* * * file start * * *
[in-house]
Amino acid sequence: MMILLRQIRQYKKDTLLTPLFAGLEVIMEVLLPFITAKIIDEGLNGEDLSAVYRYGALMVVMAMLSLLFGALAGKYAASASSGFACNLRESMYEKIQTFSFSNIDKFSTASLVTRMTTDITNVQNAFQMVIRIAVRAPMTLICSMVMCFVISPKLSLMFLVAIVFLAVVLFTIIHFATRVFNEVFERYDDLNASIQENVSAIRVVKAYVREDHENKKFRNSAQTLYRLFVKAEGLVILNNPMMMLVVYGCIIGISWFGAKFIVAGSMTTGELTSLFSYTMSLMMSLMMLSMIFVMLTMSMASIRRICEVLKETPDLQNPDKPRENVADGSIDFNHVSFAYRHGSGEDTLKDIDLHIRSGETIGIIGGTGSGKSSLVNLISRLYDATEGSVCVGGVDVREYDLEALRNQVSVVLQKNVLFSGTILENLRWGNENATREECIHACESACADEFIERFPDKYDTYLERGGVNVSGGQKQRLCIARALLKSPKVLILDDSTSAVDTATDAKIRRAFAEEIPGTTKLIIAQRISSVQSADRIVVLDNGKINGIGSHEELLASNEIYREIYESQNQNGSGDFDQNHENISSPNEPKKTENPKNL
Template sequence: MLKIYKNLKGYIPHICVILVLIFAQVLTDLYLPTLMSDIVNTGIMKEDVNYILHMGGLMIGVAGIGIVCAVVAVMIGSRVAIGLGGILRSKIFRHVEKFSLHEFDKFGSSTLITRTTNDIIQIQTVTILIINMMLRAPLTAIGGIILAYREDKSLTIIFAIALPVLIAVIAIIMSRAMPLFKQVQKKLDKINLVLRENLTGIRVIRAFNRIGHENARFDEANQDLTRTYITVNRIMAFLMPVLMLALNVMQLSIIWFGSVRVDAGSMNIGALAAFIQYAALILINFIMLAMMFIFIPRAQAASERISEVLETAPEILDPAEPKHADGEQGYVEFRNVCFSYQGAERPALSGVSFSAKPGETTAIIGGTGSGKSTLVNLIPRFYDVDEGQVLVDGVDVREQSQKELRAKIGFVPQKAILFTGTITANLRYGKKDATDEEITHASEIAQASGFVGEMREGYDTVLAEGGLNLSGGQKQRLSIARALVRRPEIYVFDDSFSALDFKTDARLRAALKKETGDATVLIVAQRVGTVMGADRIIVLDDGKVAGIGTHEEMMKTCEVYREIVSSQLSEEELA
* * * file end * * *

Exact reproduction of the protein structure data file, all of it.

[in-house]
Amino acid sequence: MMILLRQIRQYKKDTLLTPLFAGLEVIMEVLLPFITAKIIDEGLNGEDLSAVYRYGALMVVMAMLSLLFGALAGKYAASASSGFACNLRESMYEKIQTFSFSNIDKFSTASLVTRMTTDITNVQNAFQMVIRIAVRAPMTLICSMVMCFVISPKLSLMFLVAIVFLAVVLFTIIHFATRVFNEVFERYDDLNASIQENVSAIRVVKAYVREDHENKKFRNSAQTLYRLFVKAEGLVILNNPMMMLVVYGCIIGISWFGAKFIVAGSMTTGELTSLFSYTMSLMMSLMMLSMIFVMLTMSMASIRRICEVLKETPDLQNPDKPRENVADGSIDFNHVSFAYRHGSGEDTLKDIDLHIRSGETIGIIGGTGSGKSSLVNLISRLYDATEGSVCVGGVDVREYDLEALRNQVSVVLQKNVLFSGTILENLRWGNENATREECIHACESACADEFIERFPDKYDTYLERGGVNVSGGQKQRLCIARALLKSPKVLILDDSTSAVDTATDAKIRRAFAEEIPGTTKLIIAQRISSVQSADRIVVLDNGKINGIGSHEELLASNEIYREIYESQNQNGSGDFDQNHENISSPNEPKKTENPKNL
Template sequence: MLKIYKNLKGYIPHICVILVLIFAQVLTDLYLPTLMSDIVNTGIMKEDVNYILHMGGLMIGVAGIGIVCAVVAVMIGSRVAIGLGGILRSKIFRHVEKFSLHEFDKFGSSTLITRTTNDIIQIQTVTILIINMMLRAPLTAIGGIILAYREDKSLTIIFAIALPVLIAVIAIIMSRAMPLFKQVQKKLDKINLVLRENLTGIRVIRAFNRIGHENARFDEANQDLTRTYITVNRIMAFLMPVLMLALNVMQLSIIWFGSVRVDAGSMNIGALAAFIQYAALILINFIMLAMMFIFIPRAQAASERISEVLETAPEILDPAEPKHADGEQGYVEFRNVCFSYQGAERPALSGVSFSAKPGETTAIIGGTGSGKSTLVNLIPRFYDVDEGQVLVDGVDVREQSQKELRAKIGFVPQKAILFTGTITANLRYGKKDATDEEITHASEIAQASGFVGEMREGYDTVLAEGGLNLSGGQKQRLSIARALVRRPEIYVFDDSFSALDFKTDARLRAALKKETGDATVLIVAQRVGTVMGADRIIVLDDGKVAGIGTHEEMMKTCEVYREIVSSQLSEEELA